39 Response-Outcome Relations and Reinforcement Response-outcome relations and reinforcement highlight the role of cognitive processes in conditioningReinforcement is not automatic when favourable consequences follow a responseSLIDE 11: Response-Outcome Relations and Reinforcement1) Response-outcome relations and reinforcement highlight the role of cognitive processes in conditioningStudies of response-outcome relations and reinforcement highlight the role of cognitive processes in conditioningImagine that on the night before an important exam you study hard while repeatedly playing your favourite song.The next morning you get an A on your exam.Does this result strengthen your tendency to play your favourite song before exams.Probably not.You will recognize the logical relation between the response of studying hard and the reinforcement of a good grade, and only the response of studying will be strengthened.2) Reinforcement is not automatic when favorable consequences follow a response.Therefore, reinforcement is not automatic when favorable consequences follow a response.3) Individuals actively reason out the relation between responses and the outcomes that follow.We actively reason out the relation between responses and the outcomes that follow.When a response is followed by a desirable outcome, the response is more likely to be strengthened if the person thinks that the response caused the outcomeIndividuals actively reason out the relation between responses and the outcomes that followThe response is more likely to be strengthened if the person thinks that the response caused the outcome
40 Response-Outcome Relations and Reinforcement (ii) Animals also engage in causal reasoningThey recognise causal relations between responses and outcomesSLIDE 12: Response-Outcome Relations and Reinforcement (ii)We might assume that only humans would engage in this causal reasoning1) Animals also engage in causal reasoning2) They recognise causal relations between responses and outcomesHowever, research suggests that under the right circumstances even pigeons can learn to recognise causal relations between responses and outcomes3) Identifying the contingencies among environmental eventsContemporary, reformulated models of conditioning view it as a matter of detecting the contingencies among environmental events.According to these theorists, organisms actively try to figure out what causes what (contingencies) in the world and around them.4) Stimuli viewed as signals that help animals minimize their aversive experiences and maximize their pleasant experiencesStimuli viewed as signals that help animals minimize their aversive experiences and maximize their pleasant experiences.The new, cognitively based theories of conditioning are quite a departure from older mainstream theories that depicted conditioning as a mindless, mechanical process.Identifying the contingencies among environmental eventsStimuli are viewed as signals that help animals minimize their aversive experiences and maximize their pleasant experiences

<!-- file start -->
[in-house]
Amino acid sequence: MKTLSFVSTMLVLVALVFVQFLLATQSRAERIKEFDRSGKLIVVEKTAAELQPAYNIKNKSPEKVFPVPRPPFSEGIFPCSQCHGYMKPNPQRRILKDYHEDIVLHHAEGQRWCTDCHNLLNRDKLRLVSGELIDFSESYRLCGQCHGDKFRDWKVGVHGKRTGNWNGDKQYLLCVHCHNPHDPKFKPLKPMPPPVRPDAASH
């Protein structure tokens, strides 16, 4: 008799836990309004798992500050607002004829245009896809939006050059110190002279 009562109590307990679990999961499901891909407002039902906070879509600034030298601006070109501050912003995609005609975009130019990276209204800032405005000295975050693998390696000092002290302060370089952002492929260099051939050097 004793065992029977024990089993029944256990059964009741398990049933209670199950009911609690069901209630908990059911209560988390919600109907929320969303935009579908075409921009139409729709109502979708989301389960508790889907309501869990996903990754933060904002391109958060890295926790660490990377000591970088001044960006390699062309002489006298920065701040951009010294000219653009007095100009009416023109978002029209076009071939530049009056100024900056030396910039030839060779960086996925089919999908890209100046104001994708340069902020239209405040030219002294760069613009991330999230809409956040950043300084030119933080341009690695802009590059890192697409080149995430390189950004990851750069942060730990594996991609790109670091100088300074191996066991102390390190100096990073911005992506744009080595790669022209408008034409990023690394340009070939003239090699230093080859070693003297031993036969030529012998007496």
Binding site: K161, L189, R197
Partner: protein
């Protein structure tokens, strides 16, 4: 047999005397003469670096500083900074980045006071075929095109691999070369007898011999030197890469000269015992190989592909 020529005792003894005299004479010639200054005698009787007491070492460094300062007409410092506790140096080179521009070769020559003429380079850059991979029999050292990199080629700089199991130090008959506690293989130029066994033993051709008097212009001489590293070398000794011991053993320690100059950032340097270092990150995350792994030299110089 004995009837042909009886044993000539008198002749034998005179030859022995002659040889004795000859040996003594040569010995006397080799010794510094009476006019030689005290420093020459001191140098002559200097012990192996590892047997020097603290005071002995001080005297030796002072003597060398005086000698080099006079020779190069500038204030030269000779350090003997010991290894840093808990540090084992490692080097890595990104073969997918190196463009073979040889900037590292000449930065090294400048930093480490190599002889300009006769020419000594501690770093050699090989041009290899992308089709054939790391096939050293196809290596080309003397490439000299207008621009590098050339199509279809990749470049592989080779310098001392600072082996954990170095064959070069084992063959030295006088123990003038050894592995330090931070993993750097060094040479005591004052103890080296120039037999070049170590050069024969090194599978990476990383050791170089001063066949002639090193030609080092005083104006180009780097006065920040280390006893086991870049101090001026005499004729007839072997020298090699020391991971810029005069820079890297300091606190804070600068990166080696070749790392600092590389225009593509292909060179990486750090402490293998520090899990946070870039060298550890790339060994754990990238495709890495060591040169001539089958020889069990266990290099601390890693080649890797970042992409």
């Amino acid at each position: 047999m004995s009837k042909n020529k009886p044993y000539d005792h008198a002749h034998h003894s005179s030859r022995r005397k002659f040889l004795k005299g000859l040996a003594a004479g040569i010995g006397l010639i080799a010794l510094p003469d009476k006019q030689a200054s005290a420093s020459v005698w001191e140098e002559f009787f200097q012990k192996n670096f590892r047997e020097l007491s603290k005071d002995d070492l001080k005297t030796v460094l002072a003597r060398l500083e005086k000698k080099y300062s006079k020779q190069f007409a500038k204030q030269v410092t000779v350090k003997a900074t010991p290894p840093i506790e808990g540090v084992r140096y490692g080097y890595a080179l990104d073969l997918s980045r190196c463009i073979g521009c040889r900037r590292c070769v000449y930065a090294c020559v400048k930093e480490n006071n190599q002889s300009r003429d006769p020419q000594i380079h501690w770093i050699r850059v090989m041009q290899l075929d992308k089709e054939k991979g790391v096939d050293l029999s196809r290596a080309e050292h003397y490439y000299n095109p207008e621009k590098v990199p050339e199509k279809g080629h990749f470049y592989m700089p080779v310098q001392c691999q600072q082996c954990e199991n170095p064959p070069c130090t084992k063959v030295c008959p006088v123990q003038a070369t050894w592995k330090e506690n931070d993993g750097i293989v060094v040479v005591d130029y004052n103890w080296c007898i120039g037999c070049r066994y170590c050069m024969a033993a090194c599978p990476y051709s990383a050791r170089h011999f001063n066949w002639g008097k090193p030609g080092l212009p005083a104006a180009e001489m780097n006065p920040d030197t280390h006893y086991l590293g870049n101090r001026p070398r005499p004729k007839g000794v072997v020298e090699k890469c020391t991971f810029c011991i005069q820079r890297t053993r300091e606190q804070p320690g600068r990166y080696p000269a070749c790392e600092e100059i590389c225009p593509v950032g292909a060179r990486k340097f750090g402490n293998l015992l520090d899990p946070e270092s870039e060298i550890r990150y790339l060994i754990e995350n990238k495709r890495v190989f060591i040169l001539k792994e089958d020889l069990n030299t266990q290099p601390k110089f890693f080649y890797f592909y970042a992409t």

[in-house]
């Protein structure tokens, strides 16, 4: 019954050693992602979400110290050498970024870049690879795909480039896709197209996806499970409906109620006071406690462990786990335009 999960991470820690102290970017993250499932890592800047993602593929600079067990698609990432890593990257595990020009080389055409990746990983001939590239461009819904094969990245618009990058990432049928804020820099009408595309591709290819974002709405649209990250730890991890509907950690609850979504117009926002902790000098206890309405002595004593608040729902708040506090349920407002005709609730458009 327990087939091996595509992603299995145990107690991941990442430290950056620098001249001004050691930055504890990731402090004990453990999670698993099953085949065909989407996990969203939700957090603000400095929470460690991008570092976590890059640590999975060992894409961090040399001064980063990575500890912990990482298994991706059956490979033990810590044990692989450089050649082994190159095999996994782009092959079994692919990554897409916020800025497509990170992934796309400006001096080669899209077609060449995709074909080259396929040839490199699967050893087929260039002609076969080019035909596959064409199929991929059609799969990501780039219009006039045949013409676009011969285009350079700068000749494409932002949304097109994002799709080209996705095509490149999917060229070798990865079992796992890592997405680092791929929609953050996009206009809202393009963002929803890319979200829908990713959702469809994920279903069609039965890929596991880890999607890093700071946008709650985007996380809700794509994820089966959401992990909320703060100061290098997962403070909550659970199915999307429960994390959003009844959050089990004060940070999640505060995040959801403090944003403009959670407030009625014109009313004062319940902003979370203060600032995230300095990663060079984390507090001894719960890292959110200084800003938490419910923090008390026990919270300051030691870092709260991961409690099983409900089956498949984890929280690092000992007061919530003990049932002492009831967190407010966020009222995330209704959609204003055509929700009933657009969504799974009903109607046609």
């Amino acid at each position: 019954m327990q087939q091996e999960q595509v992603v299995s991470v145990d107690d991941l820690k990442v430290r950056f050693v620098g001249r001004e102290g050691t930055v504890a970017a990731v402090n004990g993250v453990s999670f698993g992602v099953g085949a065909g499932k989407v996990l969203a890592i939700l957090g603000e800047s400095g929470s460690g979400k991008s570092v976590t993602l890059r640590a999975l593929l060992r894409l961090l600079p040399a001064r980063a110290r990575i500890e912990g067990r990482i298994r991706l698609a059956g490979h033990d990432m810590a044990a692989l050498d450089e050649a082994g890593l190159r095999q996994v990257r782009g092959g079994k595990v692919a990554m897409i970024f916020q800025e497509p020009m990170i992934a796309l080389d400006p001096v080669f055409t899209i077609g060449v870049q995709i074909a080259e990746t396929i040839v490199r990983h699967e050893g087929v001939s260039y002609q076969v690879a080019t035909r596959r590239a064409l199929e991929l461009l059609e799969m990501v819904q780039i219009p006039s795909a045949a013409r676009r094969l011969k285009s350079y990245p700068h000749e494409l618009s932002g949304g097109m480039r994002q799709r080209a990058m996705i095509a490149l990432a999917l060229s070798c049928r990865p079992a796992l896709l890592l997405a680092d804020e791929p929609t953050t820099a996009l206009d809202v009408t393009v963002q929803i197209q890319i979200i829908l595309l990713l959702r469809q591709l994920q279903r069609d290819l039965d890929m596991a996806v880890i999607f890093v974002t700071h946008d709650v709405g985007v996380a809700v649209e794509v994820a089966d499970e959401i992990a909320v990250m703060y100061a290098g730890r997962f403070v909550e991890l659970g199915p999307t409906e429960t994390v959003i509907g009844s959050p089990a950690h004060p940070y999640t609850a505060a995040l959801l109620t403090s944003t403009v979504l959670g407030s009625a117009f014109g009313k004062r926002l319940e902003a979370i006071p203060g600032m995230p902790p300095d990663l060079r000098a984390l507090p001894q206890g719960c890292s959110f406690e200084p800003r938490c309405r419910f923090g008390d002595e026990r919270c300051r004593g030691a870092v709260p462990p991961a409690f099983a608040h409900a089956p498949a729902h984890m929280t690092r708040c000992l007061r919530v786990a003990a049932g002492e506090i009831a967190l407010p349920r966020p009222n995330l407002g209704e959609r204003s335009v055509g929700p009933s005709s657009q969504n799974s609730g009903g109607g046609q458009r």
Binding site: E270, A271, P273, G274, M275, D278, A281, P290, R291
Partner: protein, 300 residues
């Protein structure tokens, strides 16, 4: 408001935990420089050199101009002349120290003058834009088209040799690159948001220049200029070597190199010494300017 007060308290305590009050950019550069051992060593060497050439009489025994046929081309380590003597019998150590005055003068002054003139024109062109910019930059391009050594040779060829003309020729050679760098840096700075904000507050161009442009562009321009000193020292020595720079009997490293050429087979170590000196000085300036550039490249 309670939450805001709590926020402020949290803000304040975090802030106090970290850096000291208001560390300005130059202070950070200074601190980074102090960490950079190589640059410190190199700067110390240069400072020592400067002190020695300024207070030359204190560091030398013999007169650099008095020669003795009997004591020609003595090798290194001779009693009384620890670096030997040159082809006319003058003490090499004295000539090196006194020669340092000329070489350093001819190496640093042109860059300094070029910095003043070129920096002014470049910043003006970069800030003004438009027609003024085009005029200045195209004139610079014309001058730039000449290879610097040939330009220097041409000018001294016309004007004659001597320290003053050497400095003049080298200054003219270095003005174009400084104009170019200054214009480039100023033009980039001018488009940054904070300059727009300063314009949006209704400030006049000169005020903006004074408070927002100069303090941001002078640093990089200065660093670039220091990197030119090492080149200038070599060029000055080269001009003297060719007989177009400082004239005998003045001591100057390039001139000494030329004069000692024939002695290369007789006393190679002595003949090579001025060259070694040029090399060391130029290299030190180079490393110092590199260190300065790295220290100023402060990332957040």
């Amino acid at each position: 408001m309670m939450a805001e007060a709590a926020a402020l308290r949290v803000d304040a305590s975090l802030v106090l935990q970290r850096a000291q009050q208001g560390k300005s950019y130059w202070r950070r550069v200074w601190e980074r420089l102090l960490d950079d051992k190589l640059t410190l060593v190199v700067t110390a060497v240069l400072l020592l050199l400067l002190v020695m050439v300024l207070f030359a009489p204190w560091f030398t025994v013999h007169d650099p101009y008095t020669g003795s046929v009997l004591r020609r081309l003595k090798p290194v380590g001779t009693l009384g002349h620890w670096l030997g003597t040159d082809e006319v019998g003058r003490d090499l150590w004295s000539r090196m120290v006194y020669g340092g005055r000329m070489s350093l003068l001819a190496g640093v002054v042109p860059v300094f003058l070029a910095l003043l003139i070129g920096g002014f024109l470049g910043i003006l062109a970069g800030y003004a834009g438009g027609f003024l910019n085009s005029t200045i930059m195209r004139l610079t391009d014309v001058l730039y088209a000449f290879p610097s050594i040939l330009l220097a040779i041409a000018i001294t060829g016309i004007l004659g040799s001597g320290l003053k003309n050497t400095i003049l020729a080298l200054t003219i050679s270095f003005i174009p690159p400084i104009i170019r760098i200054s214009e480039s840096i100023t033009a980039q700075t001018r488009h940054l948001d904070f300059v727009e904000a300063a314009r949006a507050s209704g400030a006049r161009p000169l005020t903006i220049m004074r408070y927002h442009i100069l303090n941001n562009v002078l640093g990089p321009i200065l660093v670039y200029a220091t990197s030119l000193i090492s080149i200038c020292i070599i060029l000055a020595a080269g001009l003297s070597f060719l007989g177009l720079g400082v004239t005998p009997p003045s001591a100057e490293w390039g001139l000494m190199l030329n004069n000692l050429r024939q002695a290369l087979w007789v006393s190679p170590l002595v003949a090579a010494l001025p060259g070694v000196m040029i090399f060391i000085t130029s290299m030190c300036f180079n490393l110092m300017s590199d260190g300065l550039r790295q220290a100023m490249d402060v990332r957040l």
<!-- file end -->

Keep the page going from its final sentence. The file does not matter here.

41 Observational Learning: Basic Processes Albert Bandura (1977, 1986)Observational learningVicarious conditioning4 key processesattentionretentionreproductionmotivationacquisition vs. performanceLatent learningCognitive mapsLearned helplessnessAlbert Bandura outlined the theory of observational learning. In observational learning, vicarious conditioning occurs by an organism watching another organism (a model) be conditioned. Observational learning can occur for both classical and operant conditioning.In order for observational learning to take place, 4 key processes are at work. First the organism must pay attention to the model, retain the information observed, and be able to reproduce the behavior. Finally, an observed response is unlikely to be reproduced unless the organism is motivated to do so, i.e., they believe there will be a pay off.Bandura distinguishes between acquisition (having the response in your repertoire) and performance (actually engaging in the behavior). Bandura asserts that reinforcement usually influences already acquired responses, more than the acquisition of new responses.
42 Observational Learning Mirror Neuronsfrontal lobe neurons that fire when performing certain actions or when observing another doing somay enable imitation, language learning, and empathy
43 1) paid 10 dollars for every 20 puzzles solved 2) studying for a class that has surprise quizzes3) ______________________ slot machines are based on this schedule4) ________________________ trolling for fish in a lake in the summer5) speed traps on highways6) _______________________ selling a product door to door7) getting the clothes out of the dryer once it buzzes8) going up a staircase to reach a landing with a nice view9) ______________________ doing 20 pushups to help stay fit
44 10) _____ playing Bingo11) ______getting a paycheck at the end of 2 weeks12) _______drug testing13) ________a strike in bowling14) calling your mechanic to see if your car is fixed yet15) — frequent flyer program where one gets a free flight after a specific number of miles flown
45 16) _______________________ child screams and cries in store to get what he wants—every so often it works17) ______________________ child who likes to hear theme music from Jeopardy every night at 7 pm18) trying to find a parking spot in Metropolis with a meter that works19) _______________________ wife is watching boxing match with husband- she receives a kiss at the end of every 3-minute round20) ______________________ waiting for a sunny day to go to the beach